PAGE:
Who is Hasan
Hasan is a leader and advocate for disability rights in Vermont and across the United States. He is a board member of Champlain Community Services (CCS) and the President of their self-advocacy group “Champlain Voices.” He leads Green Mountain Self-Advocates’ work on including people with disabilities from diverse backgrounds. Hasan is also a Youth Ambassador Trainer for the Center on Youth Voice, Youth Choice (CYVYC). He was previously a Youth Ambassador for CYVYC. For fun, Hasan likes to run, play frisbee, and play video games.
Hasan is from Burma. He moved to the United States when he was 13 years old. Read more about Hasan.
The Influence of Hasan's Culture on Guardianship
In Burmese culture, there is no word or label for disability. Also, guardianship does not exist in Burma. After attending school in Vermont for a couple of years, Hasan’s teachers told him that he had a disability. Then, they immediately told him he needed a guardian. Even though the teachers pressured Hasan, he pushed back. Hasan told them he does not need a guardian because in his culture they do not believe in guardianship. Hasan’s family also advocated for him and helped educate his teacher. Everything they do, they decide as a family. Hasan’s culture is an important part of his life and influences how he and his family make decisions.
Using Supported Decison Making
Hasan makes his own decisions but will go to his family, friends, and support agency if he wants advice or needs help. He reminds himself and encourages others to “think before you act,” because “that is the start of a plan, and it is important to have a plan for everything you do.”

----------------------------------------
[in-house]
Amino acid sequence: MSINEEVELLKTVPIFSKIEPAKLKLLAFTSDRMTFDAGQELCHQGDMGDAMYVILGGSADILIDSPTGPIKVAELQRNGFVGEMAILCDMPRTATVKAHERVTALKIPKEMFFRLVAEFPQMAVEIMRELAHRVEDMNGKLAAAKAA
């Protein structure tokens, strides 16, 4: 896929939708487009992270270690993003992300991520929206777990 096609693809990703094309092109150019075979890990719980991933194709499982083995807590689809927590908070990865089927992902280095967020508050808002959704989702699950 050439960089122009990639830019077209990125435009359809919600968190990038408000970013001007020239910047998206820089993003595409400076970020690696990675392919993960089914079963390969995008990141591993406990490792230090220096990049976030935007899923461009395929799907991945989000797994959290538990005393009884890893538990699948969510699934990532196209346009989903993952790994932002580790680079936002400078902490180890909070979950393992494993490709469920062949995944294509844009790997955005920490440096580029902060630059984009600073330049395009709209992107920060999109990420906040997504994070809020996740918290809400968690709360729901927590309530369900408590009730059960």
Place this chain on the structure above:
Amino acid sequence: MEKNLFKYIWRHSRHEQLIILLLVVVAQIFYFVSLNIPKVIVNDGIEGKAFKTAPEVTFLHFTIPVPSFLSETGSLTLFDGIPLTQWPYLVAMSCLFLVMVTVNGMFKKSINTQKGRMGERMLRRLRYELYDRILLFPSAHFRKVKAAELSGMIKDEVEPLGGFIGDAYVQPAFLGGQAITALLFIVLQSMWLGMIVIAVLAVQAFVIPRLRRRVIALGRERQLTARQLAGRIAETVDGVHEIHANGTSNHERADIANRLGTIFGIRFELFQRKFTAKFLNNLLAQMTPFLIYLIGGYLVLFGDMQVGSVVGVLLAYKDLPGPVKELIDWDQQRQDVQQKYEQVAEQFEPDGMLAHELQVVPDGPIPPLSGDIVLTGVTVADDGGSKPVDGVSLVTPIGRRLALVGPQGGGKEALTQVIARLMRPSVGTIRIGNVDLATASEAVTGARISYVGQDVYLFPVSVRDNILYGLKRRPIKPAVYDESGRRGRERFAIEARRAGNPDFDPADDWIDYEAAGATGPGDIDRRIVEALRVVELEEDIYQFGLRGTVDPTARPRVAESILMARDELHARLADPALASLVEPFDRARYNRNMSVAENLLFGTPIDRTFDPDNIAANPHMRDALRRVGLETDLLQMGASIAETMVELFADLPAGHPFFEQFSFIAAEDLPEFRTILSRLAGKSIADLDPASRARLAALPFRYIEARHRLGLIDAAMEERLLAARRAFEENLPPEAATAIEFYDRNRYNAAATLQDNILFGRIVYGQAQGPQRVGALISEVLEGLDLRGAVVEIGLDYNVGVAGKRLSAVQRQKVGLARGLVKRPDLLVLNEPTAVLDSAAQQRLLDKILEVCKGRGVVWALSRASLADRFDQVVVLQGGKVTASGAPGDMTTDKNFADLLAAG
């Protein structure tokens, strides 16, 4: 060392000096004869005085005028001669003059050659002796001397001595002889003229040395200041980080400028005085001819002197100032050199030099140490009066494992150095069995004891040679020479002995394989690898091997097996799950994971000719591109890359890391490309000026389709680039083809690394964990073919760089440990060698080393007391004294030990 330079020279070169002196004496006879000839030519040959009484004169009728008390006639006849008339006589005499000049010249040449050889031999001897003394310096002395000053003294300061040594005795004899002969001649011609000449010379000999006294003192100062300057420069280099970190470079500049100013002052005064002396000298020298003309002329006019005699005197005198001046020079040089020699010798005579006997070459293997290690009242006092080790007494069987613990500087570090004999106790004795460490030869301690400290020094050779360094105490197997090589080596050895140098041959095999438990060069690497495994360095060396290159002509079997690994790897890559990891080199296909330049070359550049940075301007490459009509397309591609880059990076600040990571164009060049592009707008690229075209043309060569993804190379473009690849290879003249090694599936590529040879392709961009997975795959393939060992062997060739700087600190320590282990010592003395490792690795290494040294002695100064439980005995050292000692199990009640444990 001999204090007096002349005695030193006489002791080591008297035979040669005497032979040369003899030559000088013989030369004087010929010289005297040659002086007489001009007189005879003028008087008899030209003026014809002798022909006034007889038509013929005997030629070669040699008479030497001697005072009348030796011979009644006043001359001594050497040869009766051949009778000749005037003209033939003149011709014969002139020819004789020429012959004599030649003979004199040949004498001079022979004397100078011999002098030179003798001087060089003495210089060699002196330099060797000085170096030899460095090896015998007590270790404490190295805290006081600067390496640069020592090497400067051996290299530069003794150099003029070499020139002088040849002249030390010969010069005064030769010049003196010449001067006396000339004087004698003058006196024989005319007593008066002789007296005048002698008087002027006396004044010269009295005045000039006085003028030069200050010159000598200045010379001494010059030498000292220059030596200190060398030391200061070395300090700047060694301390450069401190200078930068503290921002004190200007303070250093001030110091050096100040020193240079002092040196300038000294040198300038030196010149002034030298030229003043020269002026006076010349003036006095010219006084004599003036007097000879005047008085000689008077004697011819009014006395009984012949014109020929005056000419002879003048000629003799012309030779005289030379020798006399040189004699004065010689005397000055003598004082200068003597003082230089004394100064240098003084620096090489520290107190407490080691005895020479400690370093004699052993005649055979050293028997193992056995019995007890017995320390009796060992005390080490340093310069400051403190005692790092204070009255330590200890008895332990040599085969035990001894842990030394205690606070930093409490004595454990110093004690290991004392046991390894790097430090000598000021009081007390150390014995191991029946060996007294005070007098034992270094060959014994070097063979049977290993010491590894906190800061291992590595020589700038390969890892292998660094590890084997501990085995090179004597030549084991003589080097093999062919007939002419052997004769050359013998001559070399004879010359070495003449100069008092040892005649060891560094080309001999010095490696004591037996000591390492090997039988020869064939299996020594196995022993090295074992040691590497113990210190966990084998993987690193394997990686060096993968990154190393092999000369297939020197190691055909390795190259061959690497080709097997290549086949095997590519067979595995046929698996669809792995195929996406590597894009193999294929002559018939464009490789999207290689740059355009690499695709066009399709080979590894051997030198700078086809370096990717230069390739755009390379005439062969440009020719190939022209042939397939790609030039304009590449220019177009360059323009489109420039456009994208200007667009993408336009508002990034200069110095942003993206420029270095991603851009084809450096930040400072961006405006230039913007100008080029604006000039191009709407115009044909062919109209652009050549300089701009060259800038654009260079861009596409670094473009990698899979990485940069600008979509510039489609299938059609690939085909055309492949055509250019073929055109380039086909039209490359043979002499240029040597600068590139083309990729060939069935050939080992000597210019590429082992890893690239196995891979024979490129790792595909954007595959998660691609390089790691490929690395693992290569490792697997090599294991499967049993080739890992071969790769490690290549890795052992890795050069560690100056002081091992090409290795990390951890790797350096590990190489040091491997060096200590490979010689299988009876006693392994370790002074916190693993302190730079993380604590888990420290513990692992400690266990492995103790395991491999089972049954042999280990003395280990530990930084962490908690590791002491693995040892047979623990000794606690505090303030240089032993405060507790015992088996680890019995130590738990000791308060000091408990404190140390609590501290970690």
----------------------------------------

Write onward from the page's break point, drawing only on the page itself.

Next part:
Hasan did not learn about self-advocacy groups and alternatives to guardianship until he graduated from high school. Hasan wants to help other young people learn about self-advocacy groups and alternatives to guardianship earlier than he did.
Learning about supported decision making and alternatives to guardianship has influenced Hasan to be a leader. As a leader, Hasan explains to others that “it is best for everyone to have their own control over their life.” Hasan’s goal is to help others with disabilities to access more opportunities and gain more experiences.
Hasan would rather learn from real-life experiences than sit in a classroom. He wants to listen to people and get to know them personally. He wants to use what he is learning from others in his day-to-day life. This is important to him because in school, they tried to do everything for him without asking him, even if he spoke up for himself. Hasan was labeled as “rebelling”, but later learned he was self-advocating.
In Hasan’s culture, everything is family first. This is one reason why he advocates for supported decision-making and alternatives to guardianship by connecting with other people.
Hasan’s advice to others is that you can make decisions for yourself with help. Follow your own heart and trust your instincts.
Hasan and his supporters
photos coming soon